A child with persistent symptoms of fever, rash and arthralgias can benefit from consultations with specialists in order to make or monitor a diagnosis. An Infectious Disease Specialist investigates infectious causes for a child’s symptoms. A Pediatric Rheumatologist’s area of expertise is childhood inflammatory and autoimmune diseases. A consult with a Pediatric Rheumatologist is commonly made when all other causes of a fever in a child have been exhausted. Since inflammatory diseases have mutli-organ involvement, many of them including the eyes, a Pediatric Ophthalmologist may also be consulted. Changes in the ophthalmologic examination can give the team of specialist clues to the type of inflammatory or autoimmune disease that the child has. In a variety of rheumatologic disease , the discovery of uveitis might be the first clue to the underlying condition. (9)
As always a detailed family history, patient history and social history along with a complete physical examination is necessary in order to best ascertain the source of a child’s fever. Information such as recent travel, exposure to animals or communicable diseases and past history of recurrent fevers are all pieces of clinical information that are necessary in order to make a proper diagnosis.
(1)CDC develops guidelines for tickborne diseases. Infectious Diseases in Children. 2006;May:18.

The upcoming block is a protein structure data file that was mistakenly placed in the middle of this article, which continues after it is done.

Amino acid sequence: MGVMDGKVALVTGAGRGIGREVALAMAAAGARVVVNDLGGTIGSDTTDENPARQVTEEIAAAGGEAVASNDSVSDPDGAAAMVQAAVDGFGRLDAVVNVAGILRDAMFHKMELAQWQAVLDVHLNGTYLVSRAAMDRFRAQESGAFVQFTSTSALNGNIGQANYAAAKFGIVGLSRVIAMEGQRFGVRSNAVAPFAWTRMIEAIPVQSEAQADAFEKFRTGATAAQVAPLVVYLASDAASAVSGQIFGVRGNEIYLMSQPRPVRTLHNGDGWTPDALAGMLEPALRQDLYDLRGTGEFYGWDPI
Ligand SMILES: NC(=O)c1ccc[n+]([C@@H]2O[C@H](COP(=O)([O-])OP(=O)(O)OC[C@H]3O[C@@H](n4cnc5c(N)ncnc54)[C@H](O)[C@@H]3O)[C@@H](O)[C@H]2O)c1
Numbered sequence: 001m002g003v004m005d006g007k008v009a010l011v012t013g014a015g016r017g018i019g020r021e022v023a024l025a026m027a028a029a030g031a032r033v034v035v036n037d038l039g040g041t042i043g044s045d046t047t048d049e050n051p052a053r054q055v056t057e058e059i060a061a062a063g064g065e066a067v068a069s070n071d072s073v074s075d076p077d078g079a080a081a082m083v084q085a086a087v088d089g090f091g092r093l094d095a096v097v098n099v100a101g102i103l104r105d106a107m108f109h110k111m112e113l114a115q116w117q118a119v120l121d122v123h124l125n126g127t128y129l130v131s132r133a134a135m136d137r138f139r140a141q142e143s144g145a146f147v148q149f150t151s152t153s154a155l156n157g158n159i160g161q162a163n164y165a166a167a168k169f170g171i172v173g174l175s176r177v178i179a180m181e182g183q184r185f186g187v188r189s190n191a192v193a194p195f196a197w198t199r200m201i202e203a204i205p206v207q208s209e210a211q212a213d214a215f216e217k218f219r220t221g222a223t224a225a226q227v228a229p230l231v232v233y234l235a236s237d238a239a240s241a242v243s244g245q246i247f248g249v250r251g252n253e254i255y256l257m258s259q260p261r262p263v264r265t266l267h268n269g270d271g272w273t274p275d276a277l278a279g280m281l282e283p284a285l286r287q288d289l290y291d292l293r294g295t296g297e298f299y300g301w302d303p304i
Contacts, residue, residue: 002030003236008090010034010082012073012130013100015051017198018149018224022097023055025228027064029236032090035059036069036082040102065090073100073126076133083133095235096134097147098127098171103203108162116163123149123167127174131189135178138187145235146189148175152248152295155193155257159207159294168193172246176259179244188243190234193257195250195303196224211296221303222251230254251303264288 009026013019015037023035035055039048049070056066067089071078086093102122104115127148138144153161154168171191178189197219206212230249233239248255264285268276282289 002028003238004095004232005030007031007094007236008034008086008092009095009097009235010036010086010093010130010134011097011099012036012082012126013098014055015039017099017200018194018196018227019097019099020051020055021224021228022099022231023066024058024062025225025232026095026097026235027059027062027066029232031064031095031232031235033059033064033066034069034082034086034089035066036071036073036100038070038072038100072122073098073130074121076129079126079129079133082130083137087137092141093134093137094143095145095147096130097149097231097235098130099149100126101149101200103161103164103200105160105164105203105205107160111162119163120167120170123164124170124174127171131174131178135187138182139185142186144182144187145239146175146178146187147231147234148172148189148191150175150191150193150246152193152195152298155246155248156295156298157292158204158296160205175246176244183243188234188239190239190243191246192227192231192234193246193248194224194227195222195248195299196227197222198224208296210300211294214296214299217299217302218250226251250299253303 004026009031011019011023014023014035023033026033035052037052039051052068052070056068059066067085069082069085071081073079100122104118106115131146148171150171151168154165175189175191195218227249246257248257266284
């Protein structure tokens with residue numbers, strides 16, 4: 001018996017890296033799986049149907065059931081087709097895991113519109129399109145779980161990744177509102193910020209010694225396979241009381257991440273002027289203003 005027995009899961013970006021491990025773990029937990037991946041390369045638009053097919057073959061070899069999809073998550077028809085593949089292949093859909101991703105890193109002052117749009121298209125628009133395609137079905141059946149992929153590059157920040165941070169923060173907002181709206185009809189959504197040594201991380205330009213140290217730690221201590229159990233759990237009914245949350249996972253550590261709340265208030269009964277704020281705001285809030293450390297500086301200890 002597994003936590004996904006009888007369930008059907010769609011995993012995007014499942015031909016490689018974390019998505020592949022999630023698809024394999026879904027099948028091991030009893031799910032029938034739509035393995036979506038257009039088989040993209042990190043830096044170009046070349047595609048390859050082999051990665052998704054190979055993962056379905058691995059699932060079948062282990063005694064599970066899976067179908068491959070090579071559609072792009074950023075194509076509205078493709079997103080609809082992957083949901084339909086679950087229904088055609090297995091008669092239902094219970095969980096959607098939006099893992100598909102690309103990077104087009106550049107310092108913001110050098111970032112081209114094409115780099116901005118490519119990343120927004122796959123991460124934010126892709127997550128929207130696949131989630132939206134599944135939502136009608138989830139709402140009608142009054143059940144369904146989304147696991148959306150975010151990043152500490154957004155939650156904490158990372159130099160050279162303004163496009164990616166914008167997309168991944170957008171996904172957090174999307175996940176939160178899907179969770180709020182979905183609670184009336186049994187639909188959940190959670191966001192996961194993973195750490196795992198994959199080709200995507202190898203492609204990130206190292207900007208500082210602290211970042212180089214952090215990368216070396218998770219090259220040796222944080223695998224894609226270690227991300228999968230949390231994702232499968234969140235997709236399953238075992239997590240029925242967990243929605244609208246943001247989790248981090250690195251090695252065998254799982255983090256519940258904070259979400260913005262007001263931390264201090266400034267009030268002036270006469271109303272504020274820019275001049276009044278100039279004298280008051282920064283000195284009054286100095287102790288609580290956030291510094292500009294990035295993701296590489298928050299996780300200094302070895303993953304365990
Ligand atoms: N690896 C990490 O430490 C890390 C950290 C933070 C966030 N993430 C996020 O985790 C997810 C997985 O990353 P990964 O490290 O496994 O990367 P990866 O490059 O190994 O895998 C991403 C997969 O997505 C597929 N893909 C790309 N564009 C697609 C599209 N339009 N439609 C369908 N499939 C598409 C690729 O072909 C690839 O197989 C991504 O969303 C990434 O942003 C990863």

(2)Savely G. Update on Lyme Disease. Clinicians Reviews. 2006;April:45-50.
(3) Fantausch B, Rassbach C. Reviewing Lyme disease with facial palsy and meningitis. Infectious Diseases in Children. 2006;Feb:86-87.
(4)Fortenberry JD. Clinic-based service programs for increasing responsible sexual behavior J Sex Res. 2002;39(1):63-66.
(5)Reitman D. Update on Sexually Transmitted Diseases: Gonorrhea and Chlamydial Infections. Consultant for Pediatricians. 2006; March: 155-158.
(6) Grimshaw-Mulcahy L. Chlamydia: Diagnosing the hidden STD. The Clinical Advisor. 2006; March:32-42.
(7)Guinto-Ocampo H, Friedland LR. Disseminated gonococcal infection in three adolescents. Pediatr Emerg Care. 2001;17(6):441-443.
(8)Burkhart C. Dermatology Clinic. Syphilis. The Clinical Advisor. 2006;April. 66.
(9)Listernick R. An 11-month old Boy with Recurrent Fever. Pediatric Annals.2005;34(10):764-771.
Lisa-ann Kelly R.N., P.N.P.,C.
Certified Pediatric Nurse Practitioner
Pediatric Advice For Parents with Sick Children